In order to see the harm that was done already, merely because the hackers have the user names and passwords, you have to remember that just exposing your customers' confidential information sometimes is enough to trigger an enforcement action by the Federal Trade Commission to force businesses to take reasonable precautions to protect their customers' digital information. If you remember the LabMD case, which we already spent some time discussing, the FTC's claims of unfair or deceptive acts or practices in, or affecting, commerce, were directed against LabMD for allegedly inadvertently posting the confidential information of less than 10,000 individuals on a file sharing platform that was intended to share music files instead. During the FTC's administrative law trial against LabMD, it reportedly did not even plan to present any witnesses who were the victims of the alleged ID theft; exposing the information, allegedly, was enough.

We're not comparing the theft of user names and passwords to exposing confidential health information, which allegedly is what occurred in the LabMD case. Allowing the theft of user names and passwords could lead to some real trouble, though, especially if it leads to the theft of user financial information, such as credit card numbers. That leads straight to the second news story.

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July 25, 2014

Antitrust, Anti-Steering Rules, and American Express: The Justice Department Pursues Unfair Competition In A Business Model

sunset-on-lake-purple-light-1406480-m.jpgUnfair competition is back in the news. The U.S. Justice Department sued American Express a few years ago for unfair competition in the credit card business. Since such things take time, the trial just began on Monday July 7, 2014. The issues, the accusations, and the justifications seem fairly familiar, especially when you recall the last big antitrust trial and the unintended consequences that followed. Whether the same thing will happen this time, though, is something only time will tell.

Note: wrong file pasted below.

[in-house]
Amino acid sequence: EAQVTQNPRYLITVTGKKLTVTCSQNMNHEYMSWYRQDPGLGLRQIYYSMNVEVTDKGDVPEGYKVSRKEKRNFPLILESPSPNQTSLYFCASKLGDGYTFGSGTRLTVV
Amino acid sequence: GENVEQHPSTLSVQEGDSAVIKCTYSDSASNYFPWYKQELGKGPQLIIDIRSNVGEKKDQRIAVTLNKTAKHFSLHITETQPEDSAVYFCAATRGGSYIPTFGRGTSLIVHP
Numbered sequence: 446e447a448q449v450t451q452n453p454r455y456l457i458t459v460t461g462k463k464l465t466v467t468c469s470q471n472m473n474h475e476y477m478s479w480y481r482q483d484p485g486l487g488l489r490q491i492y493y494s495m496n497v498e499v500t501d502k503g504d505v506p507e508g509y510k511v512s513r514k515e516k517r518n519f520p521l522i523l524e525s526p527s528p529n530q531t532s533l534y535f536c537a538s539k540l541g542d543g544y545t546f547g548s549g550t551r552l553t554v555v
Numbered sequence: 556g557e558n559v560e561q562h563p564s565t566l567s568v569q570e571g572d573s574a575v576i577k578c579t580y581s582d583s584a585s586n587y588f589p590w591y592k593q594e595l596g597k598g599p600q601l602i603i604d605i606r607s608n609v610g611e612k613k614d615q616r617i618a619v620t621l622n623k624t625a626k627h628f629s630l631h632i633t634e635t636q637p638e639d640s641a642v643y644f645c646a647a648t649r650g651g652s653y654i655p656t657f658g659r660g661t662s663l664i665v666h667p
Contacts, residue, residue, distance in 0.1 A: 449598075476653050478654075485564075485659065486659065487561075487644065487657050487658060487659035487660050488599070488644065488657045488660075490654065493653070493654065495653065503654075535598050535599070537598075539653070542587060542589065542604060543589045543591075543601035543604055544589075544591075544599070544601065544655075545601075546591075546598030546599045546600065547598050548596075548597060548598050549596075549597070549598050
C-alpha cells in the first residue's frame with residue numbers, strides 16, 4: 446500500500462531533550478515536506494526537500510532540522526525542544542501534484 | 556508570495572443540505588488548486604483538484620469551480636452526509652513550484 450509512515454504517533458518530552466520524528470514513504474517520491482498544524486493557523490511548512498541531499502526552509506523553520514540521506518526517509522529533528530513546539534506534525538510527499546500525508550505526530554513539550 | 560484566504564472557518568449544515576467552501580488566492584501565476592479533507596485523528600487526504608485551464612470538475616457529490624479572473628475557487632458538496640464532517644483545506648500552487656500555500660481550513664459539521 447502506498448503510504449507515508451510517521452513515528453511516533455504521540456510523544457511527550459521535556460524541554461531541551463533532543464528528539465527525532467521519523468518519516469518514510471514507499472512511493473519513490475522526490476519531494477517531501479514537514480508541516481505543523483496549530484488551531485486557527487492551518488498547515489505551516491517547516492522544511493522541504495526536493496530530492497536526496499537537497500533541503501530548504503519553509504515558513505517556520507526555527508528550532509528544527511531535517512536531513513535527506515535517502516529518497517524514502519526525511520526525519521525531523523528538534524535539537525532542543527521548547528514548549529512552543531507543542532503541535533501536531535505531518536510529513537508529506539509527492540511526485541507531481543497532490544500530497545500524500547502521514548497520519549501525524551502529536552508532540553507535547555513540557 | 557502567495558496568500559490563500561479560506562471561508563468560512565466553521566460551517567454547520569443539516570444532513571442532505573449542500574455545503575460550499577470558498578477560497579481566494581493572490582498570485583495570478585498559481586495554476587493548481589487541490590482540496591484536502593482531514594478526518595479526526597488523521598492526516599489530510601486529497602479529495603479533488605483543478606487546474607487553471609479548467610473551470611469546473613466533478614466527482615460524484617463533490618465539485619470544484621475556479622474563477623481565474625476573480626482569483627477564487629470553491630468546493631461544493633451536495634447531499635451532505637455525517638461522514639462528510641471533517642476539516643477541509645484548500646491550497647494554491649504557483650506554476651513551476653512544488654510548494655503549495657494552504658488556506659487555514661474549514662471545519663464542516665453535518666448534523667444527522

The last time, the Justice Department sued Apple, to prevent what it said was anti-competitive practices in the e-book business. As we previously wrote, these included the agency model, in which the publishers set the price of the e-book, and the seller, in this case Apple, takes a set percentage of that price; and most-favored nation clauses, in which the seller, is allowed to match its lowest competitor's price. Well, Apple lost, the Justice Department won, and, some would say, so did Amazon. Apple was trying to break into the e-book market and its job was made harder; Amazon was the dominant seller in the e-book business and some would say its job was made easier because it could use its market share to leverage ever better deals for itself and, it would say, for its customers, too.

This time, the Justice Department reportedly takes issue with American Express' rules that prohibit merchants that accept its cards from offering discounts or otherwise steering customers to use cards that are less expensive for the merchants to process. Credit card companies, it seems, make money by charging merchants a set percentage of the sales price for every sale made on one of their credit cards. These swipe fees vary and, reportedly, American Express cards have some of the higher ones. Merchants would be able to keep more of the purchase price if a customer used a credit card that had a lower swipe fee and they could give credit card customers a discount, some portion of the money saved, as an incentive. American Express evidently does not want that to happen because its customers presumably would have to pay more, i.e. not receive a discount or incentive, to use an American Express Card.

The government's position was summed up nicely in an article in the Wall Street Journal by Robin Sidel that was last updated on July 3, 2014 9:01 a.m. ET: